From malt to beer

Malt is the main ingredient of beer - it takes as much as 200 grams of malt to make a liter of beer. The other ingredients are water, hops (two grams per liter of beer), and yeast (one centiliter per liter of beer).

The malt provides:

  • the enzymes and starch. This starch will be broken down into simple sugars by the enzymes. These simple sugars will be used by the yeast, producing alcohol and carbon dioxide gas,
  • organoleptic compounds which react with the brewing process and the yeast used to produce the beer’s organoleptic profile,
  • the beer’s color (determined by the intensity of the Maillard reaction produced during kilning),
  • protein, part of which will be broken down by the enzymes to nourish the growth of the yeast, with the rest remaining in the beer to provide its body.

Depending on the malting process, different types of malt exist: Pale, Pilsen, Vienna, Munich, Caramel, Peated, Diastatic, Roasted, Black, etc.

Color is one of the differentiating factors. Colored malts are used for amber and dark beers, while pale malt is used in “Pilsen”- type beers.

Other types of malts exist, with production stages that can differ significantly. Peated malt (or whisky malt) imparts a particular taste (phenol) and is made by passing peat smoke through the kiln. Roasted malt is made using a process similar to coffee roasting.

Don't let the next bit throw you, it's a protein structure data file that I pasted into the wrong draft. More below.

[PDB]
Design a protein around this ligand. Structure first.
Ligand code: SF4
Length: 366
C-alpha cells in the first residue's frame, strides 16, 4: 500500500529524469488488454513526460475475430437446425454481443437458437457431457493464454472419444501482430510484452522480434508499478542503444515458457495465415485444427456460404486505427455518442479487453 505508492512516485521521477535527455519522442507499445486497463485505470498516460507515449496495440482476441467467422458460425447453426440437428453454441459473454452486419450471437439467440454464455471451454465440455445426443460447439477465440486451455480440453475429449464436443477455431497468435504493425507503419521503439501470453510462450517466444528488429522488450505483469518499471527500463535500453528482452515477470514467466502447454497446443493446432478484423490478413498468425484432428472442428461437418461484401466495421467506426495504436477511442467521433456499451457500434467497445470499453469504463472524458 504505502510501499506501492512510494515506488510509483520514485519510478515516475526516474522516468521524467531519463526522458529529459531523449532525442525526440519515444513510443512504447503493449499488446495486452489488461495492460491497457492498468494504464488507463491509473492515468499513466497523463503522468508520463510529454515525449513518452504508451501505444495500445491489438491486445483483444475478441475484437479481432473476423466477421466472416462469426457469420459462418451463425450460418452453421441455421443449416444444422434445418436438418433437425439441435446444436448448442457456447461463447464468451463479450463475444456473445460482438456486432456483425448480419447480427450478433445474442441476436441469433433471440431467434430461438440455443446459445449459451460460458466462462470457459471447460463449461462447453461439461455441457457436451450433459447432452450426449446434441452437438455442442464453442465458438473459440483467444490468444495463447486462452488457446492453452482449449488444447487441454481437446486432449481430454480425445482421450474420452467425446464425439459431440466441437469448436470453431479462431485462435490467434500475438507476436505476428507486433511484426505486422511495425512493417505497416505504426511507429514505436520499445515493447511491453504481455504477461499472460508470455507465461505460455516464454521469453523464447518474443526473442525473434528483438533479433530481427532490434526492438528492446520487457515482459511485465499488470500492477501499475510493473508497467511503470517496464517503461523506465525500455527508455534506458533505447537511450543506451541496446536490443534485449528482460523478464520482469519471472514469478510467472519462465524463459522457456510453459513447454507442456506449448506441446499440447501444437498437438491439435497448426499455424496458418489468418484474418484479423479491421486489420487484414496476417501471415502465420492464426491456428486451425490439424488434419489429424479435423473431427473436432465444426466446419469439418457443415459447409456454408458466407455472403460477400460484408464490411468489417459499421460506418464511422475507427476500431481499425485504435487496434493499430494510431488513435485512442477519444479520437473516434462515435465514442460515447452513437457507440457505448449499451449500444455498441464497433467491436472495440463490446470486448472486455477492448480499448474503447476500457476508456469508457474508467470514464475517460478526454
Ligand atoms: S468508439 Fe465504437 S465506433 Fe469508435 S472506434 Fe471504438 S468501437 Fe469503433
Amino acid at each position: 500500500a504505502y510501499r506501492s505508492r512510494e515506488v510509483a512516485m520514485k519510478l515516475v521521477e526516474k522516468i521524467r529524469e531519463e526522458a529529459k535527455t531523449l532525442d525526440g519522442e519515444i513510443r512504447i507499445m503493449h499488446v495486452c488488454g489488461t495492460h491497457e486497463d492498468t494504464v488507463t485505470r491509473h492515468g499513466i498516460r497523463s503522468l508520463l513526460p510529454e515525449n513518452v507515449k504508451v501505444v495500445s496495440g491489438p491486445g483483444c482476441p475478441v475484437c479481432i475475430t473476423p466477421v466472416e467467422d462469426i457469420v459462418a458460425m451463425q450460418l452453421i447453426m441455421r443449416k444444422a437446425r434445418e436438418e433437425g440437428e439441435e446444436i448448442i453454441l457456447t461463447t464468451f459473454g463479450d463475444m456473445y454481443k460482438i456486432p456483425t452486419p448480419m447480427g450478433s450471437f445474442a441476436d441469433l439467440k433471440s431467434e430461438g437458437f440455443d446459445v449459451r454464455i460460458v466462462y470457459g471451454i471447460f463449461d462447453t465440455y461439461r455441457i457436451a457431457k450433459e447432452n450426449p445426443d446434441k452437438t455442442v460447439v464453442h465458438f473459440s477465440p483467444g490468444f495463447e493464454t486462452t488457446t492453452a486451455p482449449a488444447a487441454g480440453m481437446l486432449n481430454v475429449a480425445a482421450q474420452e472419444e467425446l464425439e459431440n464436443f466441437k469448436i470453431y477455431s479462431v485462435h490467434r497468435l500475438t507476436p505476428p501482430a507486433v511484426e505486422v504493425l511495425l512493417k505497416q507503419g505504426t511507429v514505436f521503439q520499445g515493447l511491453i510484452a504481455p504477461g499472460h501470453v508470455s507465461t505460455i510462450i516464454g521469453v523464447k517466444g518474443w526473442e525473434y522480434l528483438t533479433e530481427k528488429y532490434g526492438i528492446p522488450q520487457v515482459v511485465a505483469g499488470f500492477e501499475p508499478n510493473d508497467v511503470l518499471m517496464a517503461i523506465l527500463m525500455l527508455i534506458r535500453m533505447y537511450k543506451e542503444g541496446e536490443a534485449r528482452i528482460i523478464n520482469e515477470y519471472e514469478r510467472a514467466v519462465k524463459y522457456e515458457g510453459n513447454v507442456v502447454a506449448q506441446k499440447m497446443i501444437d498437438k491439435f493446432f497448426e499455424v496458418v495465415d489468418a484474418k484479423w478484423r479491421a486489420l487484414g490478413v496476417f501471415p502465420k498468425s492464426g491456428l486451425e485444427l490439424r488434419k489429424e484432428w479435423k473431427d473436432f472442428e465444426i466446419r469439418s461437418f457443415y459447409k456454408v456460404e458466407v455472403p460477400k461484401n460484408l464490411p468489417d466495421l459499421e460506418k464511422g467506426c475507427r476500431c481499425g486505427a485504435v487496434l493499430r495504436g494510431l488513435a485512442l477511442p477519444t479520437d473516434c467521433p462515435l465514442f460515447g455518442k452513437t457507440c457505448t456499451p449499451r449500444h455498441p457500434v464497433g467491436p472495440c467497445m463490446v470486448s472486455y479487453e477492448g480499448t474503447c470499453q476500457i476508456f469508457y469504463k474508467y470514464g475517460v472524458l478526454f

A good malt must conform to the brewer’s specifications and the relative importance placed by each customer on the following three types of factors:

  1. Parameters such as moisture content, calibration, and extract have to do with the substances directly usable in brewing. These parameters must also be judged, however, in the light of cost and whether or not other types of starch are used.
  2. Depending on the brewery’s equipment, the types of beers made, and the types of brewing practiced or the types of yeast used, the desired malt will have more or less exact characteristics: Low viscosity or beta-glucan content can be desirable to maximize filtration results; proteolytic activity can be kept under control to correspond better to brewing diagrams; alpha-amino nitrogen needs to be high enough to nourish the yeast adequately, etc.
  3. Depending on brewery processes and equipment, the production of undesirable flavors may be controlled to a greater or lesser degree during malting. The malt’s alpha-amino acid content can influence the liberation of certain substances during fermentation and can be controlled through the barley varieties used. The good flavor of the final malt bears witness to good processes and proper control of hygiene during malting.